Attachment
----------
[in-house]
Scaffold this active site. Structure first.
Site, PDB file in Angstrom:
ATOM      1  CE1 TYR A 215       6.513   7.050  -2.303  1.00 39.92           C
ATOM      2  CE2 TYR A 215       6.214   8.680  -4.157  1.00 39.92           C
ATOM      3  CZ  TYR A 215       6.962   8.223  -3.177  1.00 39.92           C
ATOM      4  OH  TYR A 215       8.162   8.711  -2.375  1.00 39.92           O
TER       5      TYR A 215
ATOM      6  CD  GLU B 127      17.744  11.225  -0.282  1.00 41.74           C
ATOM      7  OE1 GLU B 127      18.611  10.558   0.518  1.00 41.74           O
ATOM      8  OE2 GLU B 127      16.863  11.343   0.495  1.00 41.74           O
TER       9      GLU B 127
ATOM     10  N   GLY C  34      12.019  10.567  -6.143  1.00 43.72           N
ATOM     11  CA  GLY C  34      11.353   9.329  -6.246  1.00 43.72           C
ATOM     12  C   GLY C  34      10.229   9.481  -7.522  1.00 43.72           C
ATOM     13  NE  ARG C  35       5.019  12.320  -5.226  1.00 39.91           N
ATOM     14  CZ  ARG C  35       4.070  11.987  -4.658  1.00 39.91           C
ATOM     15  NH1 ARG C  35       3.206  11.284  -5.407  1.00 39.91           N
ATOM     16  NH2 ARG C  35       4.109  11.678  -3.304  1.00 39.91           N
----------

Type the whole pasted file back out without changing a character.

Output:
[in-house]
Scaffold this active site. Structure first.
Site, PDB file in Angstrom:
ATOM      1  CE1 TYR A 215       6.513   7.050  -2.303  1.00 39.92           C
ATOM      2  CE2 TYR A 215       6.214   8.680  -4.157  1.00 39.92           C
ATOM      3  CZ  TYR A 215       6.962   8.223  -3.177  1.00 39.92           C
ATOM      4  OH  TYR A 215       8.162   8.711  -2.375  1.00 39.92           O
TER       5      TYR A 215
ATOM      6  CD  GLU B 127      17.744  11.225  -0.282  1.00 41.74           C
ATOM      7  OE1 GLU B 127      18.611  10.558   0.518  1.00 41.74           O
ATOM      8  OE2 GLU B 127      16.863  11.343   0.495  1.00 41.74           O
TER       9      GLU B 127
ATOM     10  N   GLY C  34      12.019  10.567  -6.143  1.00 43.72           N
ATOM     11  CA  GLY C  34      11.353   9.329  -6.246  1.00 43.72           C
ATOM     12  C   GLY C  34      10.229   9.481  -7.522  1.00 43.72           C
ATOM     13  NE  ARG C  35       5.019  12.320  -5.226  1.00 39.91           N
ATOM     14  CZ  ARG C  35       4.070  11.987  -4.658  1.00 39.91           C
ATOM     15  NH1 ARG C  35       3.206  11.284  -5.407  1.00 39.91           N
ATOM     16  NH2 ARG C  35       4.109  11.678  -3.304  1.00 39.91           N